» Go to news main

Biomedical Engineering Professor Helps Improve Lives of Cancer Patients

Posted by Theresa Anne Salah on October 29, 2019 in News
Biomedical Engineering Professor Jeremy Brown at work.
Biomedical Engineering Professor Jeremy Brown at work.

There are over 250,000 primary brain tumors diagnosed worldwide each year. While treatment options often include aggressive approaches such as surgery, radiation, and chemotherapy, Dr. Jeremy Brown is hoping to use new guided therapeutic methods for improving the lives of cancer patients.  
An associate professor in Dalhousie’s Department of Biomedical and Electrical Engineering, Brown has been working on new ultrasound technologies that will detect and fight off cancer cells using minimal invasive techniques. 
Brown and his team have developed a cutting edge surgical and imaging probe aimed at improving cancer diagnostics within the brain. The tiny endoscope, which is the world’s first high-resolution endoscopic surgical and imaging probe, will be used for cranial procedures and will allow doctors to insert the device into a small keyhole drilled into a patient’s skull and diagnose conditions such as tumors. 

Brown, who has been developing next generation ultrasound imaging and therapeutic technologies at Dalhousie since 2008, says he hopes to have the device in operating rooms within the next year, but he adds that there’s more to come for the miniature endoscope.  

He says what makes the device truly cutting edge is the development of what he calls an “ultrafast” ultrasound platform. 
What does that mean?  

The technology will allow for novel surgical guidance modes, such as functional brain imaging, during “awake” neurosurgeries.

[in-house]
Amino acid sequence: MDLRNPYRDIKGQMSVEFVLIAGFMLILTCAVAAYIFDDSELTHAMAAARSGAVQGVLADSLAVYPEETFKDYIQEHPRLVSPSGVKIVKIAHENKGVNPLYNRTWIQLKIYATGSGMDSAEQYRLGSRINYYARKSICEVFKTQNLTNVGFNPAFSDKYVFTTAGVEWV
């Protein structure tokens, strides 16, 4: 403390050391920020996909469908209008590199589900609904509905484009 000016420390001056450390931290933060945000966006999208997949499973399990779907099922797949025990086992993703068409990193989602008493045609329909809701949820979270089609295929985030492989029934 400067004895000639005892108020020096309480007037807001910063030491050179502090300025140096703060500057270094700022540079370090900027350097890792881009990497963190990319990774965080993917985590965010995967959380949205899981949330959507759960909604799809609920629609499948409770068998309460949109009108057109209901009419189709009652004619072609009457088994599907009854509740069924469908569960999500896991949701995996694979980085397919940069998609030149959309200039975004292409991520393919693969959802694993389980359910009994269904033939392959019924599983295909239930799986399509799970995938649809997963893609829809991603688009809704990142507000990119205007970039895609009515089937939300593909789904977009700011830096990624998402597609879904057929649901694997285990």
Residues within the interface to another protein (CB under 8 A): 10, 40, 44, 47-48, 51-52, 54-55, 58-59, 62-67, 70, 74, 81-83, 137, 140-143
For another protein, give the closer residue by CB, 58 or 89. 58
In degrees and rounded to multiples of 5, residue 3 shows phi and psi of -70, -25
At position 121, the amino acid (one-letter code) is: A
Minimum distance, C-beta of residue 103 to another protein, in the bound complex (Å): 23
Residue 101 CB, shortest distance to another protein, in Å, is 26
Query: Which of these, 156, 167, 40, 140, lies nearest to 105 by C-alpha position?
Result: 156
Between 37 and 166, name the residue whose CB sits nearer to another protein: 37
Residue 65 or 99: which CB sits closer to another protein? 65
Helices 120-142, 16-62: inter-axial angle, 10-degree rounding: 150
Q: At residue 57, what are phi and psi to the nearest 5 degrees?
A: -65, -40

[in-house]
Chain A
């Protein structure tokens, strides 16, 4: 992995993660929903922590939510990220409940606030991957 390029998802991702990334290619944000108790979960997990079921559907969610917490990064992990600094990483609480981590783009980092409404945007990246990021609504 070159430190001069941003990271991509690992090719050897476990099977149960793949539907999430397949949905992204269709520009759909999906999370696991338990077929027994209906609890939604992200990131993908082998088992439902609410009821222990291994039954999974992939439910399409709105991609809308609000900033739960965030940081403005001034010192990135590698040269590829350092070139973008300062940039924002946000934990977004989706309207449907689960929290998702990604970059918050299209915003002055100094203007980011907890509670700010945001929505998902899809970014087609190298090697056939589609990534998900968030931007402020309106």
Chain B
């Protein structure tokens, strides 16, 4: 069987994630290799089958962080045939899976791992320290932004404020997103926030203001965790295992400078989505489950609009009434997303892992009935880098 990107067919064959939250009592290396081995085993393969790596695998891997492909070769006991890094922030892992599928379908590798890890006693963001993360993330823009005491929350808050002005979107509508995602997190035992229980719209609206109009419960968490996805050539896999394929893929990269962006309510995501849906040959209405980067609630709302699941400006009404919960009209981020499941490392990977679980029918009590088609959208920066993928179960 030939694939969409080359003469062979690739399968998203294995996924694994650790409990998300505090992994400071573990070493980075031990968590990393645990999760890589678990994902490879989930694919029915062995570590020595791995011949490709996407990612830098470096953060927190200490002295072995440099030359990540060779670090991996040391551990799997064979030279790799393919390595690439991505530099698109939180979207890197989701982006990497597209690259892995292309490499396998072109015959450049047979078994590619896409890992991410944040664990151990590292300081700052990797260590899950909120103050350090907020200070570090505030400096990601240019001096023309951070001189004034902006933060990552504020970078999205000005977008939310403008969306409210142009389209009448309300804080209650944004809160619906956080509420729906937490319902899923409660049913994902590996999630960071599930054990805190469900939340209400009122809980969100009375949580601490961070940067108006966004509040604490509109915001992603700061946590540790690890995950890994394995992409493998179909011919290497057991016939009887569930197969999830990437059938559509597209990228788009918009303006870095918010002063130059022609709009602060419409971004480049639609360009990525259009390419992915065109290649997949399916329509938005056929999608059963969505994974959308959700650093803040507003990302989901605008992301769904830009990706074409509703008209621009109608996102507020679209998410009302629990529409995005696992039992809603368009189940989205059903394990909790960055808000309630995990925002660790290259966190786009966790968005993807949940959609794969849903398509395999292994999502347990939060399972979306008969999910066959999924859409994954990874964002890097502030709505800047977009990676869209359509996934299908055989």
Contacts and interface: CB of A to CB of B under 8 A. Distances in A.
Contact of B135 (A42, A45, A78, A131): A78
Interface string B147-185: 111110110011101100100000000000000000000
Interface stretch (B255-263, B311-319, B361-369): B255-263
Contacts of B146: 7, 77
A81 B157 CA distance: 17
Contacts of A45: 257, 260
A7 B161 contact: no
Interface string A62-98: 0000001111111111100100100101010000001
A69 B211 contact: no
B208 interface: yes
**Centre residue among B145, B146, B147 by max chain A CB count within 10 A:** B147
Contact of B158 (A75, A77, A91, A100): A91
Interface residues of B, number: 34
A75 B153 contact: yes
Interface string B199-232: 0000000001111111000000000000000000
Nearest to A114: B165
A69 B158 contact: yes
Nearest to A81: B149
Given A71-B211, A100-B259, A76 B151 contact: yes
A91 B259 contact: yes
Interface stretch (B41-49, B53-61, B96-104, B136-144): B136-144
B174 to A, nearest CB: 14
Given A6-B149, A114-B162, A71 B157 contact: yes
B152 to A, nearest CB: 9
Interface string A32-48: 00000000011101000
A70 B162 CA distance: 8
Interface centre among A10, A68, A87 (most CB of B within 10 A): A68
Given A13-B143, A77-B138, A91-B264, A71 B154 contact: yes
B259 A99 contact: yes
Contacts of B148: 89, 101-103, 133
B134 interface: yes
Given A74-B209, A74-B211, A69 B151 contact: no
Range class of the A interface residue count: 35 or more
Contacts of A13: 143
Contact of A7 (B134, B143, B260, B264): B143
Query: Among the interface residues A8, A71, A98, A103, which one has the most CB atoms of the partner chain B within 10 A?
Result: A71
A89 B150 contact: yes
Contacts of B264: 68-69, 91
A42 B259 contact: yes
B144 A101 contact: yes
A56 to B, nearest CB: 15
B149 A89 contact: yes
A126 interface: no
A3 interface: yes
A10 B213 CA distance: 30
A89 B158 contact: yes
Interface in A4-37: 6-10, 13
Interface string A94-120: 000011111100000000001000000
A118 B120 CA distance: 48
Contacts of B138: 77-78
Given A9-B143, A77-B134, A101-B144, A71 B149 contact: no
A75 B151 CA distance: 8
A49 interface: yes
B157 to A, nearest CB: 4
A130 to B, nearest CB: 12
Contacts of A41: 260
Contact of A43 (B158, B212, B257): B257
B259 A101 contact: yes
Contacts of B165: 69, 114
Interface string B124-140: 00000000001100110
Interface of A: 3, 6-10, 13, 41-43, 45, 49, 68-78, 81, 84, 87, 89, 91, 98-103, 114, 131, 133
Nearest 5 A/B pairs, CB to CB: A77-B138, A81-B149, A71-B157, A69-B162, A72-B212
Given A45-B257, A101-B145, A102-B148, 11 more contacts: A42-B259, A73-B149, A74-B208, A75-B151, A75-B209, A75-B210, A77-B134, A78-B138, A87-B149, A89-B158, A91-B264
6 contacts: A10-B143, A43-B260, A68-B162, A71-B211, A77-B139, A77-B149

Using the endoscope, doctors will have the ability to see the brain light up in certain areas when activated. 

“This is really exciting because these surgeries are normally performed when the patient is awake. So when planning your surgical route, you can ask the patient a series of questions while applying electrical probes to the surface you are about to cut. If they can’t remember something for example, doctors will know that they can’t cut that area of the brain and will move on to another spot,” explains Brown. “So using functional ultrasound, doctors can map out large volumes that were activated when asked questions, and plan a route for surgery.”

In addition, Brown says his lab is also hoping to combine a therapeutic component to their endoscope allowing for the vaporization of brain tumors.

“These next generation ultrasound cutting technologies can create cavitation bubbles in the tissue, and when they pop, the tissue is vaporized,” he says.

Although the surgical technique is in clinical trials for treating liver cancer from outside the body, Brown says his team has miniaturized the technology with the intent of combining it with the endoscope for intra-surgical use.

“This is something no one else has done.”


Although the endoscope and therapeutic device are working independently, the next step will be combining the two technologies together.

“But before that can happen, we have to make a couple more technological advancements,” says Brown. “It could take another couple of years to have a fully integrated device that does both imaging and therapy.” 

“There’s nothing like these, at this size, anywhere in the world,” he adds. “So to have a high resolution imaging endoscope that’s 3 millimeters in size and then an ultrasound cavitation device that’s also about 4mm in size, is magnitudes smaller than anything else that’s out there.”